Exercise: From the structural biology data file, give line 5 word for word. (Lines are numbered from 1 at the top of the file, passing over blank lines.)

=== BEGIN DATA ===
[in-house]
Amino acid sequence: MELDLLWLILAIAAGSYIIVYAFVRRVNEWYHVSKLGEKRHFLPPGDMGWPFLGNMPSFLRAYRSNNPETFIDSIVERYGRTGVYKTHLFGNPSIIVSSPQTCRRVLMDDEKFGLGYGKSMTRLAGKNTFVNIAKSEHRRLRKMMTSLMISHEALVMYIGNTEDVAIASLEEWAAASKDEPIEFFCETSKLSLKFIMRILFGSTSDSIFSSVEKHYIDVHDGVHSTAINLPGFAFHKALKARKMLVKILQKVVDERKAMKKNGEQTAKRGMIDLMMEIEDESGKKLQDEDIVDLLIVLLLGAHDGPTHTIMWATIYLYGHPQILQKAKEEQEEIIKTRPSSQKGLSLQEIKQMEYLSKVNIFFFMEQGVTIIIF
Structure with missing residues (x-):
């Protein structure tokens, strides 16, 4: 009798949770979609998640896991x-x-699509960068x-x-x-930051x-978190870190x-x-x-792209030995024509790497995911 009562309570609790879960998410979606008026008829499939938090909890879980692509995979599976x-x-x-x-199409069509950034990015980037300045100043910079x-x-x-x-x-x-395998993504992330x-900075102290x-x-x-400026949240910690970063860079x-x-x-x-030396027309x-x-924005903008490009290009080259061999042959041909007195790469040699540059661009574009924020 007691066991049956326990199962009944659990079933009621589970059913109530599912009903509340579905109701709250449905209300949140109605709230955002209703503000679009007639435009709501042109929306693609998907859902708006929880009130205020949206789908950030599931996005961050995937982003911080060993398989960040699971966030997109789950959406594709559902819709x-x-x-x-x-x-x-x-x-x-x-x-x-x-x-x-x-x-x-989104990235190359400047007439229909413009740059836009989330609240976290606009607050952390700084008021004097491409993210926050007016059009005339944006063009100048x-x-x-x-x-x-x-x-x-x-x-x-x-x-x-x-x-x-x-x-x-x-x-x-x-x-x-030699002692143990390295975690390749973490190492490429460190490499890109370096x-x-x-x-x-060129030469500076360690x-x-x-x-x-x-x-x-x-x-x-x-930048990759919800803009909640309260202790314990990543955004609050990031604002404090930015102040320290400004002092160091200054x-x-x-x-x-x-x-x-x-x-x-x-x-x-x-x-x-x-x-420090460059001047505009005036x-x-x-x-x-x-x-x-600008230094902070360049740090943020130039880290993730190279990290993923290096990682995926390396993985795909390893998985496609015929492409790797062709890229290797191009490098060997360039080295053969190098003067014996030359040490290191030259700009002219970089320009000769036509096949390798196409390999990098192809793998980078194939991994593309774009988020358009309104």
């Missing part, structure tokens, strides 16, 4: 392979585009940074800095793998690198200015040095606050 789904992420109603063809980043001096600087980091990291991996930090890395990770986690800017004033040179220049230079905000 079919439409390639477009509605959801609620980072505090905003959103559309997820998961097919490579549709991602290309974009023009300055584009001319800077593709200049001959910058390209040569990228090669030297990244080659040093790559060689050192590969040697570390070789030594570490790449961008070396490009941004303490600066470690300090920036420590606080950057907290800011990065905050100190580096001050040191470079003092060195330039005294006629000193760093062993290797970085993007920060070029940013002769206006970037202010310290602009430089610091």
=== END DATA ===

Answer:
């Missing part, structure tokens, strides 16, 4: 392979585009940074800095793998690198200015040095606050 789904992420109603063809980043001096600087980091990291991996930090890395990770986690800017004033040179220049230079905000 079919439409390639477009509605959801609620980072505090905003959103559309997820998961097919490579549709991602290309974009023009300055584009001319800077593709200049001959910058390209040569990228090669030297990244080659040093790559060689050192590969040697570390070789030594570490790449961008070396490009941004303490600066470690300090920036420590606080950057907290800011990065905050100190580096001050040191470079003092060195330039005294006629000193760093062993290797970085993007920060070029940013002769206006970037202010310290602009430089610091």